Ohio State head coach Ryan Day doesn’t want to force a square peg into a round hole when he ultimately picks the quarterback to lead his offense his fall. The Buckeye head man, entering his third season at the helm of the program, has seen his offense take a number of forms since he arrived as the offensive coordinator and quarterbacks coach in 2017.
In that first season, the Buckeyes integrated the quarterback run fully and utilized a number of quick-hit passes and screens to best showcase the snappy release and running ability of J.T. Barrett. In 2018, Day veered more into air raid tendencies, allowing Dwayne Haskins to carve up defenses with plenty of mesh looks, paired with vertical shots from four- and five-receiver sets.
Once Justin Fields took over, the offense morphed again, adopting more of those downfield looks to best showcase Fields’ accuracy when launching the ball deep, probably his No. 1 trait as a passer. As Day stares down the three-man quarterback race in 2021, he knows that the offensive base will remain, but he doesn’t yet know what the specifics of offense will look like for the Buckeyes this fall, and he’s not going to decide until he’s made his choice at quarterback.
“I think that we’re still not there yet with these guys, we’re figuring out where we want to spend our time in terms of emphasizing,” Day said. “Our offense is our offense, it hasn’t changed when J.T. (Barrett) was the quarterback, when Dwayne (Haskins) was the quarterback and when Justin (Fields) was the quarterback, but we (need to know what we) want to emphasize. The plays really haven’t changed but if you have 100 plays in a game, 80 plays in a game, what do you emphasize based on their strengths.
“There three different quarterbacks, now they are very similar but I think all three have different strengths and weaknesses so as we go into a game we’re certainly going to do the things that they do best. I don’t think I have the answer to that yet. Some of them do get the ball out of their hand quickly, and that’s good. I think they do have good accuracy underneath, but I also think that they do a decent job throwing down the field as well. In a perfect world you’d like to a little bit of both, but again, the strength of college football coaching is to find out what they do really well and emphasize that.”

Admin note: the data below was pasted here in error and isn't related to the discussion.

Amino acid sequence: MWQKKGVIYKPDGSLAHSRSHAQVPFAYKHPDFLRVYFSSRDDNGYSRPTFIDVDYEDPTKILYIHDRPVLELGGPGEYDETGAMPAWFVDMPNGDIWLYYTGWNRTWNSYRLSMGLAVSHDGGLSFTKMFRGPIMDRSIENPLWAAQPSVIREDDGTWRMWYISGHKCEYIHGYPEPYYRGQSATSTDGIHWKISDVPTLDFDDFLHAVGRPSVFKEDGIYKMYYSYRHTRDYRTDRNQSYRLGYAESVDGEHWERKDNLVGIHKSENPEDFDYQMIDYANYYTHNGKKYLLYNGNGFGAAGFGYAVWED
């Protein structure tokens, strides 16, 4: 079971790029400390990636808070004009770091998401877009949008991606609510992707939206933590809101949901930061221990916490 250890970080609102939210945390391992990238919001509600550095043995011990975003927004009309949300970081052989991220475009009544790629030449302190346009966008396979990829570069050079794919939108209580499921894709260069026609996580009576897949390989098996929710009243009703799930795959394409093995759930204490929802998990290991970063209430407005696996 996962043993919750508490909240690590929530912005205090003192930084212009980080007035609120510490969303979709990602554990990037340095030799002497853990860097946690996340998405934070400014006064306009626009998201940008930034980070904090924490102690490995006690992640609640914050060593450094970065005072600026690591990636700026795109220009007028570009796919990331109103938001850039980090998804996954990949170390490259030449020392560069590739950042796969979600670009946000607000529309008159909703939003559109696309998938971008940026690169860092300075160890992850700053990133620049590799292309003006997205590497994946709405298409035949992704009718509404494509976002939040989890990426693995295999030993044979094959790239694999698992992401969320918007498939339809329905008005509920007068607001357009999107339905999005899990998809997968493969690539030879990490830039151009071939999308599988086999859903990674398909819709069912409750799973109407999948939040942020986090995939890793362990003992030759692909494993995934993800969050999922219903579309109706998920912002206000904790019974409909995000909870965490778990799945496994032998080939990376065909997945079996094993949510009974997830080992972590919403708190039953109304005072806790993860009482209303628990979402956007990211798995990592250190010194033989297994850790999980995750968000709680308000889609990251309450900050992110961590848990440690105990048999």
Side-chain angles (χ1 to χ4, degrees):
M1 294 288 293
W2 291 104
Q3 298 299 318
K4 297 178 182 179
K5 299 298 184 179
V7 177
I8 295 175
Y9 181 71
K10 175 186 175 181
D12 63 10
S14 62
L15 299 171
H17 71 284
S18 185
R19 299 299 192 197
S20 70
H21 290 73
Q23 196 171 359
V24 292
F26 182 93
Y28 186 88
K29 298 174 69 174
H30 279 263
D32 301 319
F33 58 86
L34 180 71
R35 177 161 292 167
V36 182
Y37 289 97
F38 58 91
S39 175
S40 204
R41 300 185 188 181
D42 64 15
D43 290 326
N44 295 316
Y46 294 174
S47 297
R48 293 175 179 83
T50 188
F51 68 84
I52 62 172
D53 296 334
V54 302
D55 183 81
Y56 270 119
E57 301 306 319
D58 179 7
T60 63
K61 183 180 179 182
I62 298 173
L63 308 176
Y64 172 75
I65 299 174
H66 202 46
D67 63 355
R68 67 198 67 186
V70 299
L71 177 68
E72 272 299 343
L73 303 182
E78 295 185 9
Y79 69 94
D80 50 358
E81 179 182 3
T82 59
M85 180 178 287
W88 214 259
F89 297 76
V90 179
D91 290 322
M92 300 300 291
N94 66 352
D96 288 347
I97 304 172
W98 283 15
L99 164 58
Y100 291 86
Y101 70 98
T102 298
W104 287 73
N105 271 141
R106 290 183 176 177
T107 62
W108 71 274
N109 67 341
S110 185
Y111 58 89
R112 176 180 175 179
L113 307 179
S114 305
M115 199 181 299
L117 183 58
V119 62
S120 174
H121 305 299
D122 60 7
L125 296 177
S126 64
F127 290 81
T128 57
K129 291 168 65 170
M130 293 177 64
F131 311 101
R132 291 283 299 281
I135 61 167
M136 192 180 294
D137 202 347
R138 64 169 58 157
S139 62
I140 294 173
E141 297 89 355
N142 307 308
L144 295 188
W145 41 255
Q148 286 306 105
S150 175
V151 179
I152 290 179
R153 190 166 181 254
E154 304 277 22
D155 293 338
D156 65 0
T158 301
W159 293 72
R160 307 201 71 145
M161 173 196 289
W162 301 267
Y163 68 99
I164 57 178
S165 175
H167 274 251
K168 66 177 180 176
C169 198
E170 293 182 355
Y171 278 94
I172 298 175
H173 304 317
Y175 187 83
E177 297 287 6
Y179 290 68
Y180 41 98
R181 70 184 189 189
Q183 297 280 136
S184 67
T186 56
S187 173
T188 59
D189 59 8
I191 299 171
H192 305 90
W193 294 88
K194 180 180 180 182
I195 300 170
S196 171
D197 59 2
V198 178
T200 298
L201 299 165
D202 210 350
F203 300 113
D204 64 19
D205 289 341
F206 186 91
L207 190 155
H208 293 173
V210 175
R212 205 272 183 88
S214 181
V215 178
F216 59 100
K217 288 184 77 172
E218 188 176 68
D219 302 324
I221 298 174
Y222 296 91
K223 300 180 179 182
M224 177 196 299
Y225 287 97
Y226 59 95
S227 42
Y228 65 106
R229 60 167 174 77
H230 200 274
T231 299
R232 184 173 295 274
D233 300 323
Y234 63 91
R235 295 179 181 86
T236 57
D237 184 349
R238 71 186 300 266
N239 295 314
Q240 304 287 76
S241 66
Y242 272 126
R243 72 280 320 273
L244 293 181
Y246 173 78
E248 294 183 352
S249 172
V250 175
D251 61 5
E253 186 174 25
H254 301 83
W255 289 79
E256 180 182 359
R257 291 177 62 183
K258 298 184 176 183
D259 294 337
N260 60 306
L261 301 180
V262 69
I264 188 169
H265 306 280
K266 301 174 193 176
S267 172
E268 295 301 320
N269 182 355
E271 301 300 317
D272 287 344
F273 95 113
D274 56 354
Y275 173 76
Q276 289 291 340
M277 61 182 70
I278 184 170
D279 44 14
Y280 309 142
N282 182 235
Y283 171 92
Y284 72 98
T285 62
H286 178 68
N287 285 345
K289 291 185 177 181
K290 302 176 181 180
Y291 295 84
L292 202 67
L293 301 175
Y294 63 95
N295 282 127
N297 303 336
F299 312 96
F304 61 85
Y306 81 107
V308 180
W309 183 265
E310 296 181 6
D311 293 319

As it stands in April, entering the long offseason summer in which Buckeye coaches and players will spend the majority of their time apart, the focus for everyone is not on hammering out those details yet, but on getting a better grasp for the fundamentals and for the unchanging base of the offense. Once that’s set, Day can start to nail down the minutiae that will best showcase his signal caller’s ability.
“They’re tasked with being obsessed with learning the offense and a lot goes with that,” Day explained. “They have to get in the weight room with (strength and conditioning director Mickey Marotti), they have to get stronger, faster, quicker. We grade our guys in there and we have a champions meeting right before preseason camp and if you’re gold, that means you’re one of the top performers in the weight room, and that’s the first thing they have to do.
“But then it’s also off the field stuff, studying film, watching film and wearing out the XO system. That’s what they have to do. The fluency in the offense, they’re getting there but they have a long way to go. It was very basic, we worked on fundamentals and techniques (this spring) and like I said, we’re playing catch-up here. Obviously we would love to have somebody that’s in year two or three here, we don’t have that luxury. We have some young guys and they have work to do.
“It’s a race, like I said the other day, to make up for time that we don’t have, that’s just the truth of it. We’d love to be practicing all summer, we’d love to be practicing right now, we can’t do that, so the only way to do that is to watch film and have these guys do work on their own. We can try to give them some worksheets and different things to help them work on their own but at the end of the day they have to be self-motivated.”
During that process, Ohio State tries to keep things simple, and looks to avoid specializing. Although the Buckeyes do have different things in their offense that they can choose to highlight, they avoided that in the spring, keeping everyone on the same plan to see who could and couldn’t handle the basics of Day’s system. That allowed the young passers to focus on doing their jobs, which their coaches felt they did throughout the spring.
“They make the players around them better,” offensive coordinator Wilson said. “They’re able to distribute the ball to the playmakers we have. I think in spring you saw they all did well, you guys saw during some of the practices and in the spring game, we mixed up the reps pretty evenly. I think we can look at the numbers from the spring game and I guess Jack didn’t have as good a day as the others but he still had more passes. We play a little bit to their strengths but they’re all kind of the same, so it’s not like (we have specific plays for each guy). Maybe that hurts those guys, but we didn’t really get into emphasizing certain things for certain guys, we just run the offense that’s in for now and see how they manage it.”